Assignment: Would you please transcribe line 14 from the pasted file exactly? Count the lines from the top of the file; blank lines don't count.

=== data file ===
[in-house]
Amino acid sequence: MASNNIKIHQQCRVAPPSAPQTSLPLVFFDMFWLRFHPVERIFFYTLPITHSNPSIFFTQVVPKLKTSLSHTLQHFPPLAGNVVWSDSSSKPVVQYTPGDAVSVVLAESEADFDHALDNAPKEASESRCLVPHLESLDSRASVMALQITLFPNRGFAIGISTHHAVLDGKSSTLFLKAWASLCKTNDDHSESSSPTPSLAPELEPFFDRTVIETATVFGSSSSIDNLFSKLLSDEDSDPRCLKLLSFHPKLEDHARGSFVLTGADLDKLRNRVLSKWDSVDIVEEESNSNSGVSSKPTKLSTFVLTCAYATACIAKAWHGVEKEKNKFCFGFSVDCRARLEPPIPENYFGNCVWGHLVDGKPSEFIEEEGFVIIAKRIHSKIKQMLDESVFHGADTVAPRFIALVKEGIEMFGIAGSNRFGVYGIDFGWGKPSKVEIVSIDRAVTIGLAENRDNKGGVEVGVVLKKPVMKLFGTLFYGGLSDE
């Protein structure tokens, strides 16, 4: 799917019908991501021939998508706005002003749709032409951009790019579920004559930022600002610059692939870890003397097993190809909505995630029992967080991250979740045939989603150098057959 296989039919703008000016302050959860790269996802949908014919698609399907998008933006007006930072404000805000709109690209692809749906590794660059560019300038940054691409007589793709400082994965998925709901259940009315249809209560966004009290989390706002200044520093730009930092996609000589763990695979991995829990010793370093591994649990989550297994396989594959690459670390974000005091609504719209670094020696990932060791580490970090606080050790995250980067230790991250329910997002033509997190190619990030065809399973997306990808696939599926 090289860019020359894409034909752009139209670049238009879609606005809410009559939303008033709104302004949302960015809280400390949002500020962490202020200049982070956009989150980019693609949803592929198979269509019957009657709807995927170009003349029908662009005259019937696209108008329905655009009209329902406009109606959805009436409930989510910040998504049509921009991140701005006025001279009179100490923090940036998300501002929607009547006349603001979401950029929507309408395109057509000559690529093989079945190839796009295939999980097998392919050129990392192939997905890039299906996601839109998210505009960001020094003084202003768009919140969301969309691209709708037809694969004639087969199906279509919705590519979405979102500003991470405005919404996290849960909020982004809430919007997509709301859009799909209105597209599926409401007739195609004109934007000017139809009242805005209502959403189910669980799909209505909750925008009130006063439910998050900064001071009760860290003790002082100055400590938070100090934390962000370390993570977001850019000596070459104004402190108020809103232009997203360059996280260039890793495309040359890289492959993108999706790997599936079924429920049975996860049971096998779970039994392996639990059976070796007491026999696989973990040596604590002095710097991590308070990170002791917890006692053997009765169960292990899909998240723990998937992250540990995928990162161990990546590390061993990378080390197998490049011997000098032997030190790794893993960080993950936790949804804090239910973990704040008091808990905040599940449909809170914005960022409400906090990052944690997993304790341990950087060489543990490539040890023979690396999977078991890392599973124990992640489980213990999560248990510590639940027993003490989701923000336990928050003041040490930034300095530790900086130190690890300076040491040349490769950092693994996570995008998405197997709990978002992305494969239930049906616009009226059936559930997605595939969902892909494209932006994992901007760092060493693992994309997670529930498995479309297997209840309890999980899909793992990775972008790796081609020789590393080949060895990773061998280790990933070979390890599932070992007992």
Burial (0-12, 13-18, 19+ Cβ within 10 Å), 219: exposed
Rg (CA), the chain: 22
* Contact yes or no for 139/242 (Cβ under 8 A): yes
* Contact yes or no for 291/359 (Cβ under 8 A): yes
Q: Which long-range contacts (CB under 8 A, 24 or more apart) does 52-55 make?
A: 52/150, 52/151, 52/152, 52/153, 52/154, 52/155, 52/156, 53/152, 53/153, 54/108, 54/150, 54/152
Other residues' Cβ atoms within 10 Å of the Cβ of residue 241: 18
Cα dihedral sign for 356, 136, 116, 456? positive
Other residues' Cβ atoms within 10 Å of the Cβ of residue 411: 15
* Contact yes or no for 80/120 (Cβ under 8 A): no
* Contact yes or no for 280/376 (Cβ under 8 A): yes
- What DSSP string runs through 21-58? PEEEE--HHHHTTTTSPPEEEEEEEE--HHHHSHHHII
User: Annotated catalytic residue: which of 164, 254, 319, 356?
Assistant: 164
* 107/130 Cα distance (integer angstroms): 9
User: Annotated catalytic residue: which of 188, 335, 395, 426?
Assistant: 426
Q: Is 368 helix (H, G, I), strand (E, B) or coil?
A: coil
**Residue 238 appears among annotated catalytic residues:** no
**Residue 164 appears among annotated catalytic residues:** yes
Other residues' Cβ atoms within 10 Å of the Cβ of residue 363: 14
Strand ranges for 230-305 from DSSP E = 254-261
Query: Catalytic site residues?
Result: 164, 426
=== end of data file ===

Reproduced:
* Contact yes or no for 280/376 (Cβ under 8 A): yes